As usual, the discussion is brutally honest and funny. Give it a listen and happy Father’s Day!

On Being a Dad and Facing an Empty Nest

There is a memorable story told about my late fiancée and her son that goes like this:

Garth was in his 20s and headed out for a night on the town.

He was primping himself in front of a mirror.

His mother, (my late fiancée), Carla said something to him and he cracked wise or sarcastic.

She came up behind him and smacked him in the back of the head — even though he had about five inches on her.

Garth wheeled around and angrily asked: “Whatdidja do that for?!”

Her reply?

“You will never be too old or too big that I’m not your mother!”

It remains a memorable story because it speaks to Carla’s spirit (let’s just say she did not take guff from anyone) but it also embodies an important lesson I am learning as a dad who will soon face an empty nest.

Our younger son is a high school senior and will be in college by the late summer.

He has his own car, a wide circle of friends and is active in numerous extracurricular activities.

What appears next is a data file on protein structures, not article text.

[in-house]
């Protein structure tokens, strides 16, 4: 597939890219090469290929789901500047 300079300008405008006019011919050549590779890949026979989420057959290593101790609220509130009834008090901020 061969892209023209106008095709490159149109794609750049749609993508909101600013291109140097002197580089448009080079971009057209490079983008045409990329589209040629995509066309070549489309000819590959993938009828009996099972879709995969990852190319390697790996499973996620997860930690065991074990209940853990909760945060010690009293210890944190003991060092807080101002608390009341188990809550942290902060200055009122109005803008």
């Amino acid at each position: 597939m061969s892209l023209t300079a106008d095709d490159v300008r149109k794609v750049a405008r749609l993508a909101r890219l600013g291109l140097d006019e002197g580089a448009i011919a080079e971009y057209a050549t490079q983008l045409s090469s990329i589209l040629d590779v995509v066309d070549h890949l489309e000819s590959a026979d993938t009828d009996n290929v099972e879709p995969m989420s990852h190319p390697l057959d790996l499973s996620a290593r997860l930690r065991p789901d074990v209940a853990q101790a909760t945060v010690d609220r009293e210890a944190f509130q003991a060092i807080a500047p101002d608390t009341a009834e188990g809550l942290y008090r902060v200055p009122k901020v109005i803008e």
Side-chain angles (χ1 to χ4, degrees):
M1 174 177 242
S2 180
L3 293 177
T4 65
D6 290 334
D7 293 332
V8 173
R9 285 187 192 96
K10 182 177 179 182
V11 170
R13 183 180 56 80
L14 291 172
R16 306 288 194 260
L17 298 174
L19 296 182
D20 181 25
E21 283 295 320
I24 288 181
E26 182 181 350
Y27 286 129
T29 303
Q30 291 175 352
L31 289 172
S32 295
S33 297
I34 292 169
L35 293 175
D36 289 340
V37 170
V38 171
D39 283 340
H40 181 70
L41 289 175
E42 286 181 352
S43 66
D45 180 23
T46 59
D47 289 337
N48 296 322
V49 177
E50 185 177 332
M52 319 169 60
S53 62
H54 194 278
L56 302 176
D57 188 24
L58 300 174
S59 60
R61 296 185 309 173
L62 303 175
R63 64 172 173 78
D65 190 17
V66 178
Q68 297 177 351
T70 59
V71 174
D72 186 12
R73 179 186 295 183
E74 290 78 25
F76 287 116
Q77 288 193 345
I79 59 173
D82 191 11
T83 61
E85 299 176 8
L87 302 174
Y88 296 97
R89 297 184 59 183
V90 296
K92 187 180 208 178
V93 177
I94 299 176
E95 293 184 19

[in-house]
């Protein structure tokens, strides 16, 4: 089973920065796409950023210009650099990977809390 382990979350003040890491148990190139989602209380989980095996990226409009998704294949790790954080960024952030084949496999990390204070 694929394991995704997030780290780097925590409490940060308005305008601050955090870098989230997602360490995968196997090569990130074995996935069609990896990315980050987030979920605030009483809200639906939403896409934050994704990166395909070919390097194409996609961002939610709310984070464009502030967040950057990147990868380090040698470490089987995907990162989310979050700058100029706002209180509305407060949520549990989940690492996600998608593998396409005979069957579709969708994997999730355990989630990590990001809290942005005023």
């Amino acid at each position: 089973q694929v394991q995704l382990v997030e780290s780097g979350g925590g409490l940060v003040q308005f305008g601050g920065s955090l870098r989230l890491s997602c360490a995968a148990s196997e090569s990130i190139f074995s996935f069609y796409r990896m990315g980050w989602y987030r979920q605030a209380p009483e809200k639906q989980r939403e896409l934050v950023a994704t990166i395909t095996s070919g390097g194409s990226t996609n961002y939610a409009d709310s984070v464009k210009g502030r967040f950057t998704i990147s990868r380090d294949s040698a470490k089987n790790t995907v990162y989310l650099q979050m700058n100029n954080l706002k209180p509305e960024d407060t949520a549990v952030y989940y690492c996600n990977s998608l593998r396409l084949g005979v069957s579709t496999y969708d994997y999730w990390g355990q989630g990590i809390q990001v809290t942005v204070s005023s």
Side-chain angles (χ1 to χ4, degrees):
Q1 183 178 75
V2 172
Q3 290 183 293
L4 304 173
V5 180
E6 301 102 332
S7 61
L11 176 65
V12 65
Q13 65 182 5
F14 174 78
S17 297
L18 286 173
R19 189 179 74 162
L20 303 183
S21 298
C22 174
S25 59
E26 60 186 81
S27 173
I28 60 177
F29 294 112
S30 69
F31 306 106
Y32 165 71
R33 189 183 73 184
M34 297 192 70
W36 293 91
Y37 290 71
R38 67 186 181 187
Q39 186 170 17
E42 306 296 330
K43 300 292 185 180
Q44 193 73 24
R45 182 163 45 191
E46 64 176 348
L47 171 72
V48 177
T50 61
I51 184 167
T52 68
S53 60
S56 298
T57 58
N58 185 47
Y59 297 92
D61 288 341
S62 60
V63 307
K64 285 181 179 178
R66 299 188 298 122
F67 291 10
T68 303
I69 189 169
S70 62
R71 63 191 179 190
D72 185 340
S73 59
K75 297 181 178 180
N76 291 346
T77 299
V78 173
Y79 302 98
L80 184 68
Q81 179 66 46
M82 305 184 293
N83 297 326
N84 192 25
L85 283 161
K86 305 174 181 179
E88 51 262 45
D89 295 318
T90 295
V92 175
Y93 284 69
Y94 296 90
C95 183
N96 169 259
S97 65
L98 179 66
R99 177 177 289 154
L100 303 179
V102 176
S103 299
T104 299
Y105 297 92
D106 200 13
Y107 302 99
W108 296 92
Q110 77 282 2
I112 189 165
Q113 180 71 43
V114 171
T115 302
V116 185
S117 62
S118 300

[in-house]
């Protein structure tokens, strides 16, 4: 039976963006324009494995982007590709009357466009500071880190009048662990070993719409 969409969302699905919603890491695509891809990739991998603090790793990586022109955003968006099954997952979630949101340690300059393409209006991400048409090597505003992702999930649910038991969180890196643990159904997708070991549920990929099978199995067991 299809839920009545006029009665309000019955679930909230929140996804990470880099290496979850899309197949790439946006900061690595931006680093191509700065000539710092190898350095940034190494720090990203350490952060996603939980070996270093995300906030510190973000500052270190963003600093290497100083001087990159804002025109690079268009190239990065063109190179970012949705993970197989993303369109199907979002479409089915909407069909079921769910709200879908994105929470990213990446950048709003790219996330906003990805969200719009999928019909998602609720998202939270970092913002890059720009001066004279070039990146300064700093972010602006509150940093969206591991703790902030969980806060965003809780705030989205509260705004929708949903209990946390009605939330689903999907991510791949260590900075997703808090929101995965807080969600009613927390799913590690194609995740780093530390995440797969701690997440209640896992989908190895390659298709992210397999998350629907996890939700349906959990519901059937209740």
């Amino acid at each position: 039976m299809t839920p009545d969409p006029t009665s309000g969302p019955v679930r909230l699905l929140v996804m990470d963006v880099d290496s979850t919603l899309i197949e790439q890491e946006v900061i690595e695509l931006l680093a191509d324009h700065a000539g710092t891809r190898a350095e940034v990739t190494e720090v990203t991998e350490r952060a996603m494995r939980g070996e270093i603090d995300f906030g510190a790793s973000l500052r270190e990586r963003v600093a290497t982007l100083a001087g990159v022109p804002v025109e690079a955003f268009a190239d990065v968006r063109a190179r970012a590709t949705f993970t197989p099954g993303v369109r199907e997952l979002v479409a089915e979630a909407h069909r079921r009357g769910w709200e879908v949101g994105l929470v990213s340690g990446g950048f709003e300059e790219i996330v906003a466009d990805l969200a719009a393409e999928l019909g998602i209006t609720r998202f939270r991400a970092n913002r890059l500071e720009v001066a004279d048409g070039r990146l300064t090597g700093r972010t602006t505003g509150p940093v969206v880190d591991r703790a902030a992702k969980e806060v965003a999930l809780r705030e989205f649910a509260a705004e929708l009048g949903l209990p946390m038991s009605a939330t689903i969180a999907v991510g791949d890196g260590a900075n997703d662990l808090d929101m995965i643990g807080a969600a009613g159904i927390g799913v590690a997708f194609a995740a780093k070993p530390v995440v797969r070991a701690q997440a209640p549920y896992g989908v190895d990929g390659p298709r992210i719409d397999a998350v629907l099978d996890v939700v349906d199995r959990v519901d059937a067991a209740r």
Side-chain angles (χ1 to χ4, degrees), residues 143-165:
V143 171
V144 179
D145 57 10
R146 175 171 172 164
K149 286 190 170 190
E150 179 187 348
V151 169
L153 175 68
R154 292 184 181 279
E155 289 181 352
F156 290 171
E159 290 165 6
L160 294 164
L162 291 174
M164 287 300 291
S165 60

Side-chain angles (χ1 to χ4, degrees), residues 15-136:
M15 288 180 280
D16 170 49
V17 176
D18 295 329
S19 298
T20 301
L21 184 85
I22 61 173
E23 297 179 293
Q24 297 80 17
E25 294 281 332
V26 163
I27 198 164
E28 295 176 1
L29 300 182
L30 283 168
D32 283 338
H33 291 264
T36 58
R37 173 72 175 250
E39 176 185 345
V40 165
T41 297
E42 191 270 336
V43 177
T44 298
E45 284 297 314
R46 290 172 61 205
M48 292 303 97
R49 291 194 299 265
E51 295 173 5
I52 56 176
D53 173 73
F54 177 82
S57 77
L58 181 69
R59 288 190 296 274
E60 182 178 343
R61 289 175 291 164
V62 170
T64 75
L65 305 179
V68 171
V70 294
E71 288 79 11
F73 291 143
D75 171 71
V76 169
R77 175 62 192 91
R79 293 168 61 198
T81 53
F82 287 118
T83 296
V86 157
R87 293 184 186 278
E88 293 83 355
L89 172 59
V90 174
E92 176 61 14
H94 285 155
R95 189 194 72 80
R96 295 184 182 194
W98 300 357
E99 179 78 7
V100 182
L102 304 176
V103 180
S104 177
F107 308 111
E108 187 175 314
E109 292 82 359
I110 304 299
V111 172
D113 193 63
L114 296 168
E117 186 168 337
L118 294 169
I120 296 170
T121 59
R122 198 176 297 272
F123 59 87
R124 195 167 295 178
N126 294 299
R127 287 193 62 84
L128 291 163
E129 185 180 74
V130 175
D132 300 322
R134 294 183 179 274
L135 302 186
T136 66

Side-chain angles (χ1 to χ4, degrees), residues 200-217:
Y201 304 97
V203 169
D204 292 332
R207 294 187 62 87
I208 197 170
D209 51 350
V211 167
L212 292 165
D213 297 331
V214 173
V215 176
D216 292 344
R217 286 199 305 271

Translation: My wife and I don’t see too much of him. When we do, we try to make the most of the time together.

Our older son graduated from college in the spring, landed a job 10 days before graduation and has been on his own and out of state since last July.

The days of us having to hand-hold or ferry “the boys” around to different school events or social engagements are over.

And in many ways, at least right now, I miss that.

As a dad, being there for them and being the one who looked out for them day-to-day was my raison d’être.

The core missions of looking out for the lads’ well-being, care, feeding and upbringing defined my role as a parent for two decades.

Now, suddenly — poof!

It feels as if I am wearing a pair of those “beer goggles” they give kids in driver’s education to mimic the feel of drunken driving: My view of reality has been twisted and distorted.

So it came as something of a relief (and a sense of still being needed) when No. 1 son recently called and emailed about a low-level emergency after being locked out of his first apartment.

Much to his credit, he was collected and clear-headed and was merely looking for some advice about navigating the situation with his landlord. (It turned out that the lock was installed incorrectly and malfunctioned.)